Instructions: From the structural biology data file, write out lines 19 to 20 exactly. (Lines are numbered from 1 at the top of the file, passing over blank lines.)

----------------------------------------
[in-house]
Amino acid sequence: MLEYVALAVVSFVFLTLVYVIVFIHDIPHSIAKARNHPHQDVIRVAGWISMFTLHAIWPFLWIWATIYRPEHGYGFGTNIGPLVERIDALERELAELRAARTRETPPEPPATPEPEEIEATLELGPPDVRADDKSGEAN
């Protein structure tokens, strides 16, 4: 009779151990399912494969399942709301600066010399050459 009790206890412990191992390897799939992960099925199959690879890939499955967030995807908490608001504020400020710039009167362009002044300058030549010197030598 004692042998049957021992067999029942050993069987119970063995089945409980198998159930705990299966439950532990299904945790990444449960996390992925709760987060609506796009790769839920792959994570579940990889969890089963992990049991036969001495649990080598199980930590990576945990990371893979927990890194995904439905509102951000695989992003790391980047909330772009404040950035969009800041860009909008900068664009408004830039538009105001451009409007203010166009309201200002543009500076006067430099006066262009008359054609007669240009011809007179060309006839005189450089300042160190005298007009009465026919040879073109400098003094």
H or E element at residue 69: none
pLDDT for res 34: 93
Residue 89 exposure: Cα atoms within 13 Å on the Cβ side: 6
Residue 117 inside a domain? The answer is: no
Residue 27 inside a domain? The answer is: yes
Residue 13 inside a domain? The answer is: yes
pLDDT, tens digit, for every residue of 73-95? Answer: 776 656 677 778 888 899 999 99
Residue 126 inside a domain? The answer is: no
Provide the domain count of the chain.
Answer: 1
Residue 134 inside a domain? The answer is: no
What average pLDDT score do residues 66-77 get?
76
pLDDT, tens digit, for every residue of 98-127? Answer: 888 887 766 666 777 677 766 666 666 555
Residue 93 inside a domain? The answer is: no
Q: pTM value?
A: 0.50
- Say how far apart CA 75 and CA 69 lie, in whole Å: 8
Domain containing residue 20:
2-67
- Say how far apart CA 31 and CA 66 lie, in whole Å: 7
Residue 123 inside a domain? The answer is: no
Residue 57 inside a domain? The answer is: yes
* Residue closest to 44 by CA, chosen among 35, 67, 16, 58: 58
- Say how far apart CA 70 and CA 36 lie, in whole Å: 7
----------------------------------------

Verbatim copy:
Q: pTM value?
A: 0.50